[Newspoint] Wanted: Truth police
The freshman senator Joel Villanueva appears to have been taken with the false promise of lawmaking as a cure-all for society’s ills. He has proposed to add still to the amplitude of laws that languish in the books unapplied because they are ineffective or impractical or precisely inapplicable; he has chosen to make a law dealing with a particularly intractable plague – “fake news”.
In the first place, “fake news” is a contradiction in terminology; it literally describes an occurrence of public interest (news) that did not occur (fake). The poor usage is resorted to probably because “false information”, while the more proper and serviceable phrase, sounds too benign for the spread and seriousness of the epidemic in question.
At any rate, let us allow the oxymoron for the purpose of this discussion. But should we also allow Villanueva to see for himself whether he could stack lawmaking to his presumably noble purpose? As it is, he has not even managed to begin to define the crime he proposes to deal with – yet he already has drawn up a schedule of penalties for it!
Surely, fake-news mongering, like any other crime, is a crime of degrees – extent of fakeness (fully fake, partly fake), shades of intent (measures of malice), and natures of complicity (concocter, purveyor, user). It should be interesting to imagine how culpabilities might be determined in recent cases involving President Duterte and his justice secretary, Vitaliano Aguirre. Remember the fake news Duterte told about a hostage’s beheading by the enemy in Marawi? And, in Aguirre’s case, the fake news about the inciting presence of oppositionist Senator Antonio Trillanes two weeks before the enemy attacked there?
Fake news is nothing new; it’s the staple of propaganda. It used to be propagated by the old-fashioned rumor mill, through a chain of mouths, although it still found its way into the news media when it suited their less than professional and more profit-oriented purposes – after all, a sensational tale makes for a sensational sale, therefore not easy to pass up.
Now we’re seeing the heyday of fake news. It was a foregone consequence of modern technology. Once the internet opened the door to that limitless information dump – cyberspace – and let everyone in, that was it. If the hope was to promote truth and freedom and equality, it has not happened, not in any consoling way. Running as it does on organized power, government is able easily to seize the advantage. It is further helped, of course, by its position in the scheme of things – as an indispensable news source and news subject.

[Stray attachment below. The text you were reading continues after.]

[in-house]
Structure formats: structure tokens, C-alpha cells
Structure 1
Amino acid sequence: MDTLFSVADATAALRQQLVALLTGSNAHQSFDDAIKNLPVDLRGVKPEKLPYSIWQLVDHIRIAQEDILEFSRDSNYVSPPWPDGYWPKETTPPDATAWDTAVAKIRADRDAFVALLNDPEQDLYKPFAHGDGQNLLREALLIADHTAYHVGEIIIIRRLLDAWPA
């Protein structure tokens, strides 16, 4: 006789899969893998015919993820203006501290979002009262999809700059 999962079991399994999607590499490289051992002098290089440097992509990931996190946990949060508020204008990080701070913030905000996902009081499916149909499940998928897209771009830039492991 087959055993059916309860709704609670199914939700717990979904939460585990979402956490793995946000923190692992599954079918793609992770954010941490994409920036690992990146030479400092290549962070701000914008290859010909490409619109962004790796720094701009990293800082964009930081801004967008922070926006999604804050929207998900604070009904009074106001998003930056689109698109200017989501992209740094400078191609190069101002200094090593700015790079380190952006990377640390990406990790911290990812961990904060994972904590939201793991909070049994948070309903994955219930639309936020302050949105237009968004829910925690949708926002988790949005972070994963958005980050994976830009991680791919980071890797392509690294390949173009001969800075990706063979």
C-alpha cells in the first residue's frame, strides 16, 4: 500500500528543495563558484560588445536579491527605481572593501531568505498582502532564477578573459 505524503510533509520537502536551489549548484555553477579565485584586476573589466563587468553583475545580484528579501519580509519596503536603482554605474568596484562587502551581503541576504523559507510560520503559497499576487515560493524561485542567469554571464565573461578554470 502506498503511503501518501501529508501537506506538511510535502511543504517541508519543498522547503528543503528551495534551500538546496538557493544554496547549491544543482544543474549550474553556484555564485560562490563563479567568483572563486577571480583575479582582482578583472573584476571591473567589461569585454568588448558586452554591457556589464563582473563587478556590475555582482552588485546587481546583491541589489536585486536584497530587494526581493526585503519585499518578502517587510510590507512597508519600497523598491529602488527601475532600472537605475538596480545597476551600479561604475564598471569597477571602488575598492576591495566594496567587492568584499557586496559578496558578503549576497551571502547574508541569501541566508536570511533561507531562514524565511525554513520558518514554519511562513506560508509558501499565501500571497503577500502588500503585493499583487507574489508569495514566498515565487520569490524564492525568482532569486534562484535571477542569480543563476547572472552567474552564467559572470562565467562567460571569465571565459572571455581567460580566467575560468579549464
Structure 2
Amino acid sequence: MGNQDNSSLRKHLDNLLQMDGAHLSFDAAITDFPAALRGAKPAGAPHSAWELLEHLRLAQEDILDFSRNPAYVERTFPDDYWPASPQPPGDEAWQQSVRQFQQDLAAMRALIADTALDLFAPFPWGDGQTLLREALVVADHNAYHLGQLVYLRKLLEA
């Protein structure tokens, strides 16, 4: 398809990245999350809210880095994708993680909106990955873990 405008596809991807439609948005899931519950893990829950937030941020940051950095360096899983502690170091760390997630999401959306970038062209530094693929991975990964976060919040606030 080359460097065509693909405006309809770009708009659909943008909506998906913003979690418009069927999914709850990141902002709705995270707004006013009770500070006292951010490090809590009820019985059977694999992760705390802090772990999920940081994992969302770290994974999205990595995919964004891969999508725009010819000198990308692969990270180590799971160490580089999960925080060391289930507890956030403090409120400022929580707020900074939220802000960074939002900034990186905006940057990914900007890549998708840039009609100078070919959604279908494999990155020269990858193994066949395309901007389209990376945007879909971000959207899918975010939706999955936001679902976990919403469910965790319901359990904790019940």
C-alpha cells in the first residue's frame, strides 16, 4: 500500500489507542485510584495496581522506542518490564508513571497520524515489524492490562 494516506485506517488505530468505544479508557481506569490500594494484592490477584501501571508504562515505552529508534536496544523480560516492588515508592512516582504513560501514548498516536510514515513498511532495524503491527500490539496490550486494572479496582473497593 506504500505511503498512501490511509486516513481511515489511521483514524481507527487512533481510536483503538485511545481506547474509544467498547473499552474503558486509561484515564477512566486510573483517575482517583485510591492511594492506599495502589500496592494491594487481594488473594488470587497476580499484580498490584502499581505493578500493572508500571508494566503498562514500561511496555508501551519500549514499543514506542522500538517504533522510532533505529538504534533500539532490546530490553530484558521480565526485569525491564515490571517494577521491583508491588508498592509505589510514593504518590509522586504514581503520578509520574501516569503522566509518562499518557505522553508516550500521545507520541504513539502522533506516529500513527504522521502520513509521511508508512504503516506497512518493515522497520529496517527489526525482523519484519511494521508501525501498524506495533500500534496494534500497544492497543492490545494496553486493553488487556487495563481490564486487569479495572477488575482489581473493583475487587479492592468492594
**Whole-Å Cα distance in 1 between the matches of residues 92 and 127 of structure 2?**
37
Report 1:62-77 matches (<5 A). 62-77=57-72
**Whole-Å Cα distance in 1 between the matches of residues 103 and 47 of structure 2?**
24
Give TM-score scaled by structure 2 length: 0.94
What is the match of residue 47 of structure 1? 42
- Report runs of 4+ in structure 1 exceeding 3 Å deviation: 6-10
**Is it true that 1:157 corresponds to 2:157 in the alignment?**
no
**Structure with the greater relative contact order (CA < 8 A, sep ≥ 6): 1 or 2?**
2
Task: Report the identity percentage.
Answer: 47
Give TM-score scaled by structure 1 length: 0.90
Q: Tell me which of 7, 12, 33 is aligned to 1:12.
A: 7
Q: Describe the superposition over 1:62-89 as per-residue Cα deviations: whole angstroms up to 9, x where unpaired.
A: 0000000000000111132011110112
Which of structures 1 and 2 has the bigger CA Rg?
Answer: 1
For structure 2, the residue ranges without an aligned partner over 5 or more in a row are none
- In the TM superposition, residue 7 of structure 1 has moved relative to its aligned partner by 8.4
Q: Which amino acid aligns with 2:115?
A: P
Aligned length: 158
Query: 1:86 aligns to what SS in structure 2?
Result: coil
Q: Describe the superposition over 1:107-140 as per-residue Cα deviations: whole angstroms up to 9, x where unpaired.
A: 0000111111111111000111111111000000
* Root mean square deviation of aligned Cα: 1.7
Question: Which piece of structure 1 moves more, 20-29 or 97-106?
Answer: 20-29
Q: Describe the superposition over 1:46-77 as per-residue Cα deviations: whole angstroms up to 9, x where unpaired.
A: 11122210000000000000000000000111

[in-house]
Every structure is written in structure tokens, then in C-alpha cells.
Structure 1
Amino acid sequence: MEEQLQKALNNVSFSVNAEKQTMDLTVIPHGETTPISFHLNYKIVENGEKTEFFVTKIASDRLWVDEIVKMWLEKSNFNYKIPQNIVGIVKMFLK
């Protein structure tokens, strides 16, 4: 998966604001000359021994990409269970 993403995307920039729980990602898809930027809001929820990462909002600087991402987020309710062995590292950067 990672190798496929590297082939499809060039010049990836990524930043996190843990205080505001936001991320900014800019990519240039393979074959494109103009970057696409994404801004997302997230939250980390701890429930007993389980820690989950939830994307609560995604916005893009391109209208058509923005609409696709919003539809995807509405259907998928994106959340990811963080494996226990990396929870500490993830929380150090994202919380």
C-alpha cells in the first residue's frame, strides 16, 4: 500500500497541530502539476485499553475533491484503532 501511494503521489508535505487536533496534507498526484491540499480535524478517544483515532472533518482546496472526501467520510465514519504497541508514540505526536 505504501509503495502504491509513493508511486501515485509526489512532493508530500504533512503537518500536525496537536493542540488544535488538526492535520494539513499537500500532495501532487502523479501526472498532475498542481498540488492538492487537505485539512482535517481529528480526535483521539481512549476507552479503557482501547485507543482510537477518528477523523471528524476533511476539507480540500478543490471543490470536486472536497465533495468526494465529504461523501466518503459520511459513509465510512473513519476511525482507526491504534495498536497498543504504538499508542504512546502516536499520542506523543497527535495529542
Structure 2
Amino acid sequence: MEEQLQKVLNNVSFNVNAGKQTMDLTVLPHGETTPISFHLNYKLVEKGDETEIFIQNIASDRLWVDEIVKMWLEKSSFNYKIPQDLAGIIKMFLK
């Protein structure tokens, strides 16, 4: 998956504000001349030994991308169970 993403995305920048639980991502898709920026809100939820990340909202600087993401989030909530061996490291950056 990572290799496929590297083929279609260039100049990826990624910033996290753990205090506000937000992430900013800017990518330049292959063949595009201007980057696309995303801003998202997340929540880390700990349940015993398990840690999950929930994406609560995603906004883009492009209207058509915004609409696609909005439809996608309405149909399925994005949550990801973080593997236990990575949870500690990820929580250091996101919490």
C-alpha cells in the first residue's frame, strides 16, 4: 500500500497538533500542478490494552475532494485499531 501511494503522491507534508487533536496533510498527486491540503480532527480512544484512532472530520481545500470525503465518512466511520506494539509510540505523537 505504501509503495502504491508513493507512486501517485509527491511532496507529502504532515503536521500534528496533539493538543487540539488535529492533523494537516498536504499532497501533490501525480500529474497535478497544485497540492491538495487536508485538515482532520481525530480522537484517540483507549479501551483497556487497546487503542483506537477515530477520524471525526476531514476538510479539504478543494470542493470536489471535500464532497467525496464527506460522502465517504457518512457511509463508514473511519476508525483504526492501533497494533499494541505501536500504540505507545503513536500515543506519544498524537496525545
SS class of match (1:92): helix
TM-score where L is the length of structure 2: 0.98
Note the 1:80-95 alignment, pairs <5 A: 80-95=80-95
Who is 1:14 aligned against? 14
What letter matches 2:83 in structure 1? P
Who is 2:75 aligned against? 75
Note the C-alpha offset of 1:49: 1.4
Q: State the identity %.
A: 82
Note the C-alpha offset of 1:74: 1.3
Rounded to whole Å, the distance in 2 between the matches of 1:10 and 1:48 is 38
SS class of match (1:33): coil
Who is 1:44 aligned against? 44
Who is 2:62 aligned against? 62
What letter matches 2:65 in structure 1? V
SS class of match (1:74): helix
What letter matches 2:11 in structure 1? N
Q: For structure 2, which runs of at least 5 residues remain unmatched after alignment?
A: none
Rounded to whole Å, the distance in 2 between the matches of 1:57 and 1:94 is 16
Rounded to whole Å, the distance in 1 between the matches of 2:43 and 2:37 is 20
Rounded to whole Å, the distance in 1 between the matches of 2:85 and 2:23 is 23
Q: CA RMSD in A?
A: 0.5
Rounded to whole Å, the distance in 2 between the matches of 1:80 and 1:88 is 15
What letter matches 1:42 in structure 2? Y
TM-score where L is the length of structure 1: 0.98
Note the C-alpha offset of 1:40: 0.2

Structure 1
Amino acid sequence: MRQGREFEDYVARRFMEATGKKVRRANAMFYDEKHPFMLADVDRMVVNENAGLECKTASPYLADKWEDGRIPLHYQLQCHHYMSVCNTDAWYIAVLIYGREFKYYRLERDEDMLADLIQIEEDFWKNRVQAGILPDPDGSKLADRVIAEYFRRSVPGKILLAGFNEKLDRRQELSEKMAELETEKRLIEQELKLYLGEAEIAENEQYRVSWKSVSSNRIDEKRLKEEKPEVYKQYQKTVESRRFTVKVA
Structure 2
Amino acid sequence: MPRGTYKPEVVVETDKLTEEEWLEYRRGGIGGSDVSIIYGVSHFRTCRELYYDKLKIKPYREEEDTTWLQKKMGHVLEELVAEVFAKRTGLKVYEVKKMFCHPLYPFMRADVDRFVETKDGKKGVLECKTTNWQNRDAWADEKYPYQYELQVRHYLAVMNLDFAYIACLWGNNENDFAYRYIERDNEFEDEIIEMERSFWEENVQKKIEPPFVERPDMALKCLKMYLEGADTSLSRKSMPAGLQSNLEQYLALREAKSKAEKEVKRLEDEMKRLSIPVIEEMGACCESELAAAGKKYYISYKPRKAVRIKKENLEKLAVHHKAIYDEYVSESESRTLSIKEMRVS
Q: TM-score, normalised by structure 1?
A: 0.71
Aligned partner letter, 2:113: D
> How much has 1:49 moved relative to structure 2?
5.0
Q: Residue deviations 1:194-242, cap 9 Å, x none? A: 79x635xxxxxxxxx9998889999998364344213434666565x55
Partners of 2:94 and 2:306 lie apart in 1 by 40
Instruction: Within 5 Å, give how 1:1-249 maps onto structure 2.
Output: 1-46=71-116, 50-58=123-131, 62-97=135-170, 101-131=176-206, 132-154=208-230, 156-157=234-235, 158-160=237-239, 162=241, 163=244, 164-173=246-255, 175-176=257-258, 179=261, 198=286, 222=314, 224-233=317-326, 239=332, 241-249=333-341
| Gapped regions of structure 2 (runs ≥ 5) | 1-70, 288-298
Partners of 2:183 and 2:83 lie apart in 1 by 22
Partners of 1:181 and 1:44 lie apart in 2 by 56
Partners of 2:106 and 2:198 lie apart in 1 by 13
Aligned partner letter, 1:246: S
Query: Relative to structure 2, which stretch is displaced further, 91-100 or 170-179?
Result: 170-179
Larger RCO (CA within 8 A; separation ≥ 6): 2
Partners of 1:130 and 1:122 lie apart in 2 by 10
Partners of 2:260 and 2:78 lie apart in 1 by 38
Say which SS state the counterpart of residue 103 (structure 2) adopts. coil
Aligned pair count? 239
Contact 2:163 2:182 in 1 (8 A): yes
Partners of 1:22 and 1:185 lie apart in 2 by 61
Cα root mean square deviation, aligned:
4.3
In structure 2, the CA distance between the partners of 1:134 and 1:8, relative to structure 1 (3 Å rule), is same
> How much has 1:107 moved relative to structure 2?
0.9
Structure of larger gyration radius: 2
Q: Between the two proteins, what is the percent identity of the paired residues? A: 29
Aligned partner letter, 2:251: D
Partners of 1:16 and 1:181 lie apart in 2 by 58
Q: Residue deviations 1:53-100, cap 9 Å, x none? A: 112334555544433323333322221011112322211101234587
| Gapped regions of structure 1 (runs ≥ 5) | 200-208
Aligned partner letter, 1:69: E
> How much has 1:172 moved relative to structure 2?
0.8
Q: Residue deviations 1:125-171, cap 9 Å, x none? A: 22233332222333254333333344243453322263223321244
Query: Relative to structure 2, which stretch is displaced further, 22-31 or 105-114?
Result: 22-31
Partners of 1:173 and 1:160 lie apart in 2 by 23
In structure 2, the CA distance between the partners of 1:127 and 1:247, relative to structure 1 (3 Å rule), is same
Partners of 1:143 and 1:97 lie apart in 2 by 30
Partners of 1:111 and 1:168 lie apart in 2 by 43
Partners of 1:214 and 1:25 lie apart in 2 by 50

Our case is particularly chilling. The Duterte government seizes the advantage greedily and uses it viciously. It has its own cyberspace operation, apart yet from its traditional and official operations in print and on radio and television. All these operations being not simply orchestrated but orchestrated under an authoritarian conductor, you can’t imagine what tall tales they can concoct.
I wonder whether such things occur at all to Villanueva. If not, his law would be not only selective but also exploitable as a weapon against freedom and, for that prospect alone, should be struck down. Indeed, I won’t have any lawmakers or anyone else other than me and my editors laying down the rules and standards for news – judging what news is genuine and what is fake, and what news is fit and what is unfit to print or air or post on the Net.
If anyone should take up police duty against fake news, it is us news people ourselves. In fact, it’s something we should have been doing as a matter of practice, something fundamental to it – keeping a good measure of skepticism, aggressive and relentless digging, quizzing, and verifying, and courageous reporting and opinion-making. That’s exactly how our profession is supposed to help in vetting and purifying information and in distilling issues.
Inversely, any shortcomings on those counts help allow fake news to slip through and gain currency, and gain enough currency in some cases to drive developments on an irreversible run. (One possible case is to do with Duterte’s little-challenged count of 3 million drug addicts, which he has used to justify his war against drugs – a war which has resulted in the death of thousands, raising widespread suspicions of summary killings.)
To be sure, we cannot be expected to do the policing alone, but, if we default, the likes of Joel Villanueva will step in. – Rappler.com